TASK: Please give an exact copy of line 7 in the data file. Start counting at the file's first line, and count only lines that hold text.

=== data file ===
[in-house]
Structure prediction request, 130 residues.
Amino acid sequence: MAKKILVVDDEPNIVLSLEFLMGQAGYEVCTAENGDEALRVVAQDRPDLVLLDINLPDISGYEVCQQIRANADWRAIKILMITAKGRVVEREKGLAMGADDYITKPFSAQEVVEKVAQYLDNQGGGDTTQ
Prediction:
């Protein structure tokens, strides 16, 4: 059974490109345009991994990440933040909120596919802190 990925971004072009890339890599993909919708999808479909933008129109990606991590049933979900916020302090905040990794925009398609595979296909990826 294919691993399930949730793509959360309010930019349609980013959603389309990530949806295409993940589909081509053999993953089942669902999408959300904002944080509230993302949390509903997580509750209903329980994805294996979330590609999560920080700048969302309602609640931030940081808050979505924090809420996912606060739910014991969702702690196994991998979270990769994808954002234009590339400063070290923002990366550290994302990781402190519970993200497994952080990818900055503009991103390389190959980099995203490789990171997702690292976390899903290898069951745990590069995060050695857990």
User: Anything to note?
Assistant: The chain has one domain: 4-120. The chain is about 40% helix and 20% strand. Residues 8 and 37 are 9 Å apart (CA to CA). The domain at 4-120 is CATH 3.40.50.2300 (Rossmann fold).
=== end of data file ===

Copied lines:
Assistant: The chain has one domain: 4-120. The chain is about 40% helix and 20% strand. Residues 8 and 37 are 9 Å apart (CA to CA). The domain at 4-120 is CATH 3.40.50.2300 (Rossmann fold).